Arshad Warsi (the "Circuit" to Munnabhai), in a recent interview, dismissed the speculation that he wasn't offered the role of Jolly in Jolly LLB 2 because Akshay Kumar was bigger than he, by saying that with a celebrity like the latter, the movie would look larger than before.
And the humble Warsi is right. Even though he, too, could have excelled in Jolly's role as he did in the original film
, it was a wise decision to employ Akshay Kumar as his powerful emoting and star power make this edition one of the most tragic yet funny courtroom dramas Bollywood has seen in recent times.
And ensembling with director and writer Subhash Kapoor, Fox Star Studios, and veteran co-actors including Saurabh Shukla and Annu Kapoor, the 49-year-old Airlift
star breaks from his action-hero avatar to give you an experience that will be etched in your memory for a very long time.
Jagdishwar Mishra (Akshay Kumar), or Jolly, a canny and corrupt lawyer, is swept by remorse after one of his clients, Hina Siddiqui (Sayani Gupta), a helpless widow of a man (Iqbal Qasim played by Manav Kaul) killed in a "police encounter", commits suicide after he swindles two lakhs from her with the promise of "justice". Witnessing the destruction he has caused out of greed, he takes up the onus of filing a PIL and fighting the case himself. But the defendant, the main accused in the encounter, appoints formidable lawyer Sachin Kantilal Mathur (Annu Kapoor) who has successfully defended several big names before.
Jolly, although witty and intelligent, lacks Mathur's conviction or experience. Plus, the young lawyer already has a blot on his reputation that may work against him. And then unfolds a game of chess between the prosecution and the defense that takes you on a journey from a dull, sultry and smelly courtroom in Lucknow to a Kashmir under siege. Guiding you are a hilarious, plump judge (Justice Sunderlal Tripathy helmed brilliantly by Saurabh Shukla) with meaty dialogues and lessons, a dangerous, intimidating encounter specialist who has nowhere to hide, an elusive militant (Suryaveer Singh by Inaamulhaq), a young barrister who is willing to go to any lengths for justice and to clear his own conscience, and a law system that is in a moral impediment - all in a comical and satirical discourse.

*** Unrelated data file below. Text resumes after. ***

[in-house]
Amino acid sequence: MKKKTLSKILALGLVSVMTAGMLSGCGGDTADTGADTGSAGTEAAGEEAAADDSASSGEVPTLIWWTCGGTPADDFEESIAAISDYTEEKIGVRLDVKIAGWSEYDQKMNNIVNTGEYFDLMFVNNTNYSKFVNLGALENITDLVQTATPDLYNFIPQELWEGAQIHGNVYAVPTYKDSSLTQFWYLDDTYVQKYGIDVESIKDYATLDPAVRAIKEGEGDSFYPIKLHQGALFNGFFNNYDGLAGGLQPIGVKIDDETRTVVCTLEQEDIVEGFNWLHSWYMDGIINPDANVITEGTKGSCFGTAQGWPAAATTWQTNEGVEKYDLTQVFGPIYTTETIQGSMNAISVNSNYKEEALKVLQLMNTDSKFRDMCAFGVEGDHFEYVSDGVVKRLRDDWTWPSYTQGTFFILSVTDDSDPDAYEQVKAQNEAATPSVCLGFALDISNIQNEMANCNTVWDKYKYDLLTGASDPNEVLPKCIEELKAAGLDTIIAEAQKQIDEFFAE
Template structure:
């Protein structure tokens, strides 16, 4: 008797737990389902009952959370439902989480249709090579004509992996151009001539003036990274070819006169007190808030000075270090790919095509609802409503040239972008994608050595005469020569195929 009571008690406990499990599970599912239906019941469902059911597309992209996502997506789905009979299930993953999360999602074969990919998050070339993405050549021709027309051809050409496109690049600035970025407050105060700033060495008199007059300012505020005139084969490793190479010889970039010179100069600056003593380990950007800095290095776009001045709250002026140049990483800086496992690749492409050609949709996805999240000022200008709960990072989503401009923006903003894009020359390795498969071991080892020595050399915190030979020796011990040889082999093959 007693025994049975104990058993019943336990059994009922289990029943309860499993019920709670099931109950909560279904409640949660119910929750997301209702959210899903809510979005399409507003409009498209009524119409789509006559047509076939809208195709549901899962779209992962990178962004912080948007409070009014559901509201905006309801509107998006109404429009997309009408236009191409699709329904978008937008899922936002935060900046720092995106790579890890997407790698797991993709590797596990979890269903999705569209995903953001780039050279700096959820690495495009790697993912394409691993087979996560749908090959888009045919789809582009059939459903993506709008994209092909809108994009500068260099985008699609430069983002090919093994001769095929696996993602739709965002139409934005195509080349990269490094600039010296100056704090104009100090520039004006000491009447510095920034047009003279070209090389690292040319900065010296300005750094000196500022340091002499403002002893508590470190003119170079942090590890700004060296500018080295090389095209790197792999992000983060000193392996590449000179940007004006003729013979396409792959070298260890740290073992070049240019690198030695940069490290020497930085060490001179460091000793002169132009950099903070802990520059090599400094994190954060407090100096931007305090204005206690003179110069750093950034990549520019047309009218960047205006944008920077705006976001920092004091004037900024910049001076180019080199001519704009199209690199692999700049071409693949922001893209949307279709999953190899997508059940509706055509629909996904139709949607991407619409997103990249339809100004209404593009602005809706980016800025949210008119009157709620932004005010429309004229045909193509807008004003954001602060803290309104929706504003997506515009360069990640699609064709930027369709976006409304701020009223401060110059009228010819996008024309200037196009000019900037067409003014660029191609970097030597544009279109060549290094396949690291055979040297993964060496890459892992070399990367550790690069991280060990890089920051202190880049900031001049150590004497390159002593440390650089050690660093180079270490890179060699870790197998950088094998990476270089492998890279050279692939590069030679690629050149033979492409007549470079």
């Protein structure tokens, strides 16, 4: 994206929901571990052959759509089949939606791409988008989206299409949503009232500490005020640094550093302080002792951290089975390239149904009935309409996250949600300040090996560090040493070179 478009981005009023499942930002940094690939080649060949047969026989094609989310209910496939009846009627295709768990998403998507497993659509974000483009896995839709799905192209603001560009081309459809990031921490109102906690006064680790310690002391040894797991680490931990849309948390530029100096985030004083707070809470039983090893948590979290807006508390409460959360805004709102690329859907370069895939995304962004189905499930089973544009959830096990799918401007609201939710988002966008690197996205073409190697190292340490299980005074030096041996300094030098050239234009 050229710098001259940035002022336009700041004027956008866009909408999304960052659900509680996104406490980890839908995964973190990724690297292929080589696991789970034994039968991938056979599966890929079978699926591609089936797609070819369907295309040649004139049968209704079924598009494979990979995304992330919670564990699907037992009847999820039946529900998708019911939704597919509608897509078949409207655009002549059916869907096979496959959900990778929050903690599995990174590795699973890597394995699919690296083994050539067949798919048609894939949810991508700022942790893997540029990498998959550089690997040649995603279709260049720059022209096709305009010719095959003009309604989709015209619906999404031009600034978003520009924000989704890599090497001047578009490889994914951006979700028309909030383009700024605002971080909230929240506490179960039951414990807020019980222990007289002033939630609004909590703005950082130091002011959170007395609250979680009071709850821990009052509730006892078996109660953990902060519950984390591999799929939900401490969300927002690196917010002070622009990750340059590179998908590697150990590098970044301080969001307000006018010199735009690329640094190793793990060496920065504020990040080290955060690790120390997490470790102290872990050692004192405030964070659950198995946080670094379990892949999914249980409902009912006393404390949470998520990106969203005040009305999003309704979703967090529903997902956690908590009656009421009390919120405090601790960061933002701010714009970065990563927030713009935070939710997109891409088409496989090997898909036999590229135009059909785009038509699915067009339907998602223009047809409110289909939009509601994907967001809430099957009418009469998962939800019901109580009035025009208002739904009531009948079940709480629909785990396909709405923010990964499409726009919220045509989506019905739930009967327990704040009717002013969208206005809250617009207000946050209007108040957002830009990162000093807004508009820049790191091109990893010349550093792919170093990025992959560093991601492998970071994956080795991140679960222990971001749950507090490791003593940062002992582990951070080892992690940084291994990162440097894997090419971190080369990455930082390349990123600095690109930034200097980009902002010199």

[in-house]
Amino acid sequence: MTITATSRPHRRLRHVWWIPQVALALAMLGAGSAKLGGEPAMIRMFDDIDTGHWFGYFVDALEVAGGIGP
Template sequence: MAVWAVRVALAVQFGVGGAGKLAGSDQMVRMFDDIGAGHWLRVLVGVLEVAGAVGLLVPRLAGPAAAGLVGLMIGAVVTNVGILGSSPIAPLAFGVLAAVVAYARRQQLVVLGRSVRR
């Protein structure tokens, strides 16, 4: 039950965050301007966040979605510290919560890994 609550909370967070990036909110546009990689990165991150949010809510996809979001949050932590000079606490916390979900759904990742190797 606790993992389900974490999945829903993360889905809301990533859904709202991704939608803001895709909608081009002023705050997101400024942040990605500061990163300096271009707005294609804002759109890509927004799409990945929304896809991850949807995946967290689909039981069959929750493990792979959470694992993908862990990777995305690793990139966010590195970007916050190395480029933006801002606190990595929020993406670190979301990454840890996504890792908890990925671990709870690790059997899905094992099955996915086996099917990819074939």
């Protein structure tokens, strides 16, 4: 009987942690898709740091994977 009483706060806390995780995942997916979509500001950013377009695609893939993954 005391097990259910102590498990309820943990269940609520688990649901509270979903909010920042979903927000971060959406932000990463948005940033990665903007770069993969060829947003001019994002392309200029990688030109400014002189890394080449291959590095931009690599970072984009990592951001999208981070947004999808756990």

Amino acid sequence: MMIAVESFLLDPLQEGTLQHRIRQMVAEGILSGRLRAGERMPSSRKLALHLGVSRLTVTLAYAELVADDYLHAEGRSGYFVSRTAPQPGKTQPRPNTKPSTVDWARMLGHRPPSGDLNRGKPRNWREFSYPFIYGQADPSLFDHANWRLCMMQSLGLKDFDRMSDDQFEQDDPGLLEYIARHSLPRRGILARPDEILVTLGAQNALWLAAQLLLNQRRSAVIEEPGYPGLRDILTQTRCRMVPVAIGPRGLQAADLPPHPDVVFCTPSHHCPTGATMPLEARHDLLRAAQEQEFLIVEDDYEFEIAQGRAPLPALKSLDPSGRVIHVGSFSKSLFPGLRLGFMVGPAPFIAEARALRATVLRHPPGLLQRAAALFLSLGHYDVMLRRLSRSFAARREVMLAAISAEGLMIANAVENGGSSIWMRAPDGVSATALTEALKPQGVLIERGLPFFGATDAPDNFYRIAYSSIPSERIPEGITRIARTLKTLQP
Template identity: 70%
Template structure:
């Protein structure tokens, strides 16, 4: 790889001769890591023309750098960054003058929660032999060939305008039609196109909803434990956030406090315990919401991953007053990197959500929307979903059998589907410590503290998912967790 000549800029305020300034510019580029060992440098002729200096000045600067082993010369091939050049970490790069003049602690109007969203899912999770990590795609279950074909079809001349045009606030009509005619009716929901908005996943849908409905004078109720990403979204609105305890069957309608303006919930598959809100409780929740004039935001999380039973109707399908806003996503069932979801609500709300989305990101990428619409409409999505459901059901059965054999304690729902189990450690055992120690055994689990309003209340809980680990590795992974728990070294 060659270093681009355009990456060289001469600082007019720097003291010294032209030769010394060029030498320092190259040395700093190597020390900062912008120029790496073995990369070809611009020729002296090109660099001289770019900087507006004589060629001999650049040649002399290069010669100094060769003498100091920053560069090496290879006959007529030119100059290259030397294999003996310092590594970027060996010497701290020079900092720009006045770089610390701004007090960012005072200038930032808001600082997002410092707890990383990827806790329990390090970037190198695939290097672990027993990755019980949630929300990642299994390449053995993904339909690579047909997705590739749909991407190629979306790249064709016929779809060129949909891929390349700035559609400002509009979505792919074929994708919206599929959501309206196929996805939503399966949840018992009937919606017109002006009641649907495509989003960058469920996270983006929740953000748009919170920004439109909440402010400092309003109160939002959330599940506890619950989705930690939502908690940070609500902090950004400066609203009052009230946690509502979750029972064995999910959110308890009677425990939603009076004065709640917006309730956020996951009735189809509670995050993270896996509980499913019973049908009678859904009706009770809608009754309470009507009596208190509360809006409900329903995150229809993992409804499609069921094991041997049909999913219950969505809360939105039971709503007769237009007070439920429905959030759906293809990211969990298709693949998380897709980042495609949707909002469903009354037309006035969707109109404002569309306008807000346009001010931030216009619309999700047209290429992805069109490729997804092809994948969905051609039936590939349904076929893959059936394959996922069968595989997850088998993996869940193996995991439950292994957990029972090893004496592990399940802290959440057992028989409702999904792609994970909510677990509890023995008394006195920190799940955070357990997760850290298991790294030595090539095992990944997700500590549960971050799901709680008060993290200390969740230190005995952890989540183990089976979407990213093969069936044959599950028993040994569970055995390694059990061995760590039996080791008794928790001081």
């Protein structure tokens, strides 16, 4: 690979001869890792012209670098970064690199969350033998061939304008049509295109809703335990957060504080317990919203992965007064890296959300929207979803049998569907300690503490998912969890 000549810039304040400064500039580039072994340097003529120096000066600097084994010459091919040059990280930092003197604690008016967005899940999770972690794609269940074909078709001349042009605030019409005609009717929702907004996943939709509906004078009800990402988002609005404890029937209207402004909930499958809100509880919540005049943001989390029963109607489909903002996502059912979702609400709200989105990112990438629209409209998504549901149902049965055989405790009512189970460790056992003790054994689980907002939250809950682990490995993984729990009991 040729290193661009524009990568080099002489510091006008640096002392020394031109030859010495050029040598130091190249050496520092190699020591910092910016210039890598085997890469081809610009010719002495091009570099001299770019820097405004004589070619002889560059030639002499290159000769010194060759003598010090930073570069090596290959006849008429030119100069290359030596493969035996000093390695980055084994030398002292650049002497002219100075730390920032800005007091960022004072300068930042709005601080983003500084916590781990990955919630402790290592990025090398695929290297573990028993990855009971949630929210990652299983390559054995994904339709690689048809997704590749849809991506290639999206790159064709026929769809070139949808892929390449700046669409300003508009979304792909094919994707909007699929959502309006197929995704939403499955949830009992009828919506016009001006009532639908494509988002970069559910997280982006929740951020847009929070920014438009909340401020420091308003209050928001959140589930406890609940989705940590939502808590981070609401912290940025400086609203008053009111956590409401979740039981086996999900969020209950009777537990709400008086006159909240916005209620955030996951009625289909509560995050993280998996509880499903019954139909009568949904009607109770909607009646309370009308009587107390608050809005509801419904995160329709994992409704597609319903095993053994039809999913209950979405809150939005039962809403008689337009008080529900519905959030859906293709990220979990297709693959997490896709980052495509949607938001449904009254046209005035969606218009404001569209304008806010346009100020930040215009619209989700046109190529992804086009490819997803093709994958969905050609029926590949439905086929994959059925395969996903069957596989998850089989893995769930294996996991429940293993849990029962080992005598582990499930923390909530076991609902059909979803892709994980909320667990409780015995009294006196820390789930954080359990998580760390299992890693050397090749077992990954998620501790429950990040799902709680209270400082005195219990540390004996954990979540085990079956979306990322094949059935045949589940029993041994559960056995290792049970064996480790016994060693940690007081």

Although it's hard to vouch for the validity of its portrayal of the Indian legal system or bureaucracy, Jolly LLB 2 aptly narrates the system's issues from the perspective of litigants who have suffered. The problems that pervade our law system, as opined in the film, are majorly in the grassroots - the smaller sessions and district courts. There are underqualified LLBs fighting cases in their own time. All they are looking for is to get their own chambers. There are also good lawyers that are having a hard time due to the rat race. And there is little scope for a criminal (or an innocent man) to be represented fairly by "criminal lawyers". And the all-pervading corruption in the form of bribery and sycophancy often affects judgments. The judge in the movie also points out the low ratio of lawyers to cases. All these seem to coincide with the recent observation of the Bar Council that nearly half of India's lawyers are charlatans.
Subhash Kapoor takes you through an engaging plot which is flanked by crisp dialogue, dark and riotous comedy, well-developed characters, clever and well-researched court procedures, and a neatly underlined message.
Akshay Kumar can make you laugh with his comic timing, then think with his intensity, and then laugh again with another crack. Perhaps this unique trait earned him the role, replacing Warsi. Warsi is more suited for dark comedies as his persona doesn't need to balance between intensity and slapstick - he is an alloy of the two. And that is what makes his Jolly so Jolly. But Akshay Kumar shows you Jolly like you have never seen him before. And it is bigger and better, and serious, fun. And his emoting in the more serious scenes evokes a sense of tragedy, and makes you realize the solemnity and pathos of the situation despite the bouts of laughter.
But there is also Saurabh Shukla (the judge), who is the most memorable character in this black comedy. Shukla plays his role effortlessly. Every line of his has been crafted to perfection, to induce side-splitting laughter. In fact, he could replace Akshay Kumar as Jolly in Jolly LLB 3 (if that ever happens), because he is jollier than Jolly.
Huma Qureshi plays Pushpa, Jolly's wife, a strong woman who fights off gun-toting goons to defend her husband. Her acting, too, is noteworthy, despite the limited screentime. Annu Kapoor reprises the raspy personality of his Vicky Donor
character, and is a complete delight to watch. Other actors including Nikhil Dwivedi and Sayani Gupta offer deft finishing touches.
Vishal Khurana, Manj Musik, Meet Bros and Chirantan Bhatt deliver both fun and sombre music as the situation demands. However, Kamal Jeet Negi's cinematography, although not bad, doesn't stand out or complement the overall filmmaking. Darker tones could have been employed, but perhaps they didn't want to go overboard.
Although Jolly LLB 2 doesn't feature the most inventive court trial in Indian cinema history, it is certainly high on tragedy, raw emotions, morals and starkness of justice, and will appeal to both the thinking and the commercial audiences.